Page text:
In the world of media companies, the water cooler is always a busy place — and it’s been hopping lately over rumors that Walt Disney Co. is thinking of buying Netflix. [More]
In case you hadn’t noticed, Americans watch TV a bit differently today than they did 50 years ago. But just even though many people aren’t sitting down to view programs live as they air — or even soon after on a DVR — they’re still getting their fill of TV content. [More]
There are basically two ways Netflix can get streaming content: it can either license TV shows and movies, or it can make its own original stuff. The company would like that balance to be an even split, with one executive saying Netflix is working toward the goal of having half its library be original content over the next few years. [More]
If hours spent staring at your iPhone/Apple Watch/iPad/Mac isn’t giving you enough from Apple, the technology giant has a new offering in the works, with its first TV show, a reality competition featuring app developers duking it out for featured placement in the App Store. So it’s like Game of Thrones, just with more branding, a bunch of people wielding tech instead of swords, and no brutal battles to the death (we think). [More]
After a few months of wondering whether Netflix may usher in a new offline viewing era, reports are circulating now that say the feature could be launched by the end of the year. [More]
With Amazon launching new month-to-month Prime membership options, which include access to its streaming video and music libraries, and upcoming price hikes for its own streaming service, Netflix seems to be feeling the heat of competition burning just a little bit hotter. [More]
Three months after launching its Binge On streaming streaming video program, which doesn’t count content from certain partners against a customers’ monthly data allotment, T-Mobile has made new deals with Amazon and others to include their content. Additionally, the company claims that Binge On has doubled the amount of video its customers are watching. [More]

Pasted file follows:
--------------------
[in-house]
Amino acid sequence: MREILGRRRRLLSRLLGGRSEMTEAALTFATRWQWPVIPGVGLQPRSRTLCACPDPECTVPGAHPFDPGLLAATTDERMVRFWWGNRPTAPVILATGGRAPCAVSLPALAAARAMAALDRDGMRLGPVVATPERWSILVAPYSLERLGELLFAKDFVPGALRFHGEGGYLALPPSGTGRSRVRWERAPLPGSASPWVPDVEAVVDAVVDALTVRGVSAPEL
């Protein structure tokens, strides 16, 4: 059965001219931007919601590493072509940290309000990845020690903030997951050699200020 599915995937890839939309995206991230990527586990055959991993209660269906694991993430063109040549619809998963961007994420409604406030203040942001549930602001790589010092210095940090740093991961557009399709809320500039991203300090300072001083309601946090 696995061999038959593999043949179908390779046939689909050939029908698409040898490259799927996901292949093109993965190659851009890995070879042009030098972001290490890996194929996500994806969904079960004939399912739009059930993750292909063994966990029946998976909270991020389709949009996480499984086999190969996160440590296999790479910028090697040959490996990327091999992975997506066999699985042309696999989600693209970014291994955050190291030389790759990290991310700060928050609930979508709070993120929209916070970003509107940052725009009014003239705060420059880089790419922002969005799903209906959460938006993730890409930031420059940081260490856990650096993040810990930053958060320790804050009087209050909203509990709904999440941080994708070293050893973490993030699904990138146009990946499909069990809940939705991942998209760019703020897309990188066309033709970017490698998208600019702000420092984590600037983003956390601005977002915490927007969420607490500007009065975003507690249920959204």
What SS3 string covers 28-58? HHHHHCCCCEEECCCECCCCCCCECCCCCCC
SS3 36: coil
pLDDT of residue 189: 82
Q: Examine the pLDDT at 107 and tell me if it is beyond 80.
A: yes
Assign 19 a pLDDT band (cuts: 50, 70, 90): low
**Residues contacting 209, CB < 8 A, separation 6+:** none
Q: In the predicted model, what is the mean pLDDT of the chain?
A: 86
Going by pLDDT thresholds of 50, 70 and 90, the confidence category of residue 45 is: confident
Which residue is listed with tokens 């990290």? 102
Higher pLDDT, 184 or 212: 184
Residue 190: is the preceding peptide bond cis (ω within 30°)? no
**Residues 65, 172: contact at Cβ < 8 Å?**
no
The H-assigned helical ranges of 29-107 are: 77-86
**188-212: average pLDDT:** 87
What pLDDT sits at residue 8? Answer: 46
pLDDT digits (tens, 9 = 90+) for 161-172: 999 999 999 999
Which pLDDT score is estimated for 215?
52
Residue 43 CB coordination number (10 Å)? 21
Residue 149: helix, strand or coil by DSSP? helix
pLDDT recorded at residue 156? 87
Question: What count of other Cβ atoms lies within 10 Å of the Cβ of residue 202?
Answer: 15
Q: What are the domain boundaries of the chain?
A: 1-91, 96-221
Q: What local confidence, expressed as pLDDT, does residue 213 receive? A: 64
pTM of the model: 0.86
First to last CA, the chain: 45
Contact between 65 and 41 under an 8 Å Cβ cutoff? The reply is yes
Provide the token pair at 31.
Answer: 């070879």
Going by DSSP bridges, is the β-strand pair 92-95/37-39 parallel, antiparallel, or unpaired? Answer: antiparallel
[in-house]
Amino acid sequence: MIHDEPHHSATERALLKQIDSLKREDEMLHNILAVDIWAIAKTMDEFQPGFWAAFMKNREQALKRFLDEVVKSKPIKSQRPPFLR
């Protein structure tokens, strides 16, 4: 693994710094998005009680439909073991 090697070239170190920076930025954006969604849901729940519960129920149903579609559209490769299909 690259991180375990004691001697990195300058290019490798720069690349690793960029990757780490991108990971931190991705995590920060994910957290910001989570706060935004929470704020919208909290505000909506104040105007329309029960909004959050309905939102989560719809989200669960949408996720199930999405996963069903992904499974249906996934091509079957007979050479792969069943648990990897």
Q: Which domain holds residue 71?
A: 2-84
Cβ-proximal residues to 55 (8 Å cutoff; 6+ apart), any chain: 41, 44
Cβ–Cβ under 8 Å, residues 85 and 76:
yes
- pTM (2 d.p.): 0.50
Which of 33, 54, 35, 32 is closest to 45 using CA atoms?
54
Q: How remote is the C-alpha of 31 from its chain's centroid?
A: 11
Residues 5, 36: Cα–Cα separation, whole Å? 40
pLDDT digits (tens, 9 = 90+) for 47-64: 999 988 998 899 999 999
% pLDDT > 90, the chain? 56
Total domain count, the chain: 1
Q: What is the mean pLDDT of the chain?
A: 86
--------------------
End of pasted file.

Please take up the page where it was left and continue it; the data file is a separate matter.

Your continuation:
Hunger Games, Transformers Movies Will Disappear From Netflix After Company Decides Not To Renew Epix Deal
While there’s always plenty of streaming content to watch on the Internet these days, if you’re a fan of Hunger Games or Transformers flicks, better watch them on Netflix now, while you still can: the subscription streaming service says it won’t be renewing its deal with Epix, the cable provider with domestic streaming rights to those movies in the U.S. And in a bit of very interesting timing, Hulu and Epix announced their own deal, one that will stream new releases from a Lionsgate, MGM and Paramount starting October 1.
One of the best things about hanging on to that TV cord? Flipping through the channels with the knowledge that at some point, likely very soon, you’ll land on an episode of Seinfeld. Cord-cutters can get in on that feeling now as well, as a report says Hulu has signed a deal to snag reruns of Seinfeld.
Just in time for the Super Bowl this weekend, the National Football League has decided to play nice and share with others, announcing a partnership with Google this week that will bring game highlights to a YouTube channel and search results.
What’s that? You aren’t the type who finds reading quarterly financial parts titillating? Totally fine, because other people are around to read them and pull out the fun parts, like the fact that Netflix is bringing The Interview to its streaming library starting this weekend.
If all your friends were launching standalone streaming entertainment, would you? It seems the peer pressure bug has been biting some of the major players in media, after HBO, CBS and Univision all announced recently that they’d be offering content directly to consumers on a subscription basis. And now movie studio Lionsgate is joining the fray with its own online subscription service, launching next year. [More]
Everyone’s got one — the movie that makes you who you are, the one that turned on all the lights in your brain and opened your mind to a new reality, one that can only exist upon viewing that particular film. So when your best friend/boyfriend/wife/second cousin Thurman admits to have never seeing The One Movie Essential To Your Being, you insist they must watch it and be enlightened. And now Netflix wants you to put that pressure on your Facebook friends with a new social recommendation feature. [More]
The bad news: If you’re thinking of subscribing to Netflix’s streaming program, you’ll be paying $1 more than those customers already signed up. But the good news for Netflix veterans? Existing subscribers won’t see a price hike for two years, the company says. [More]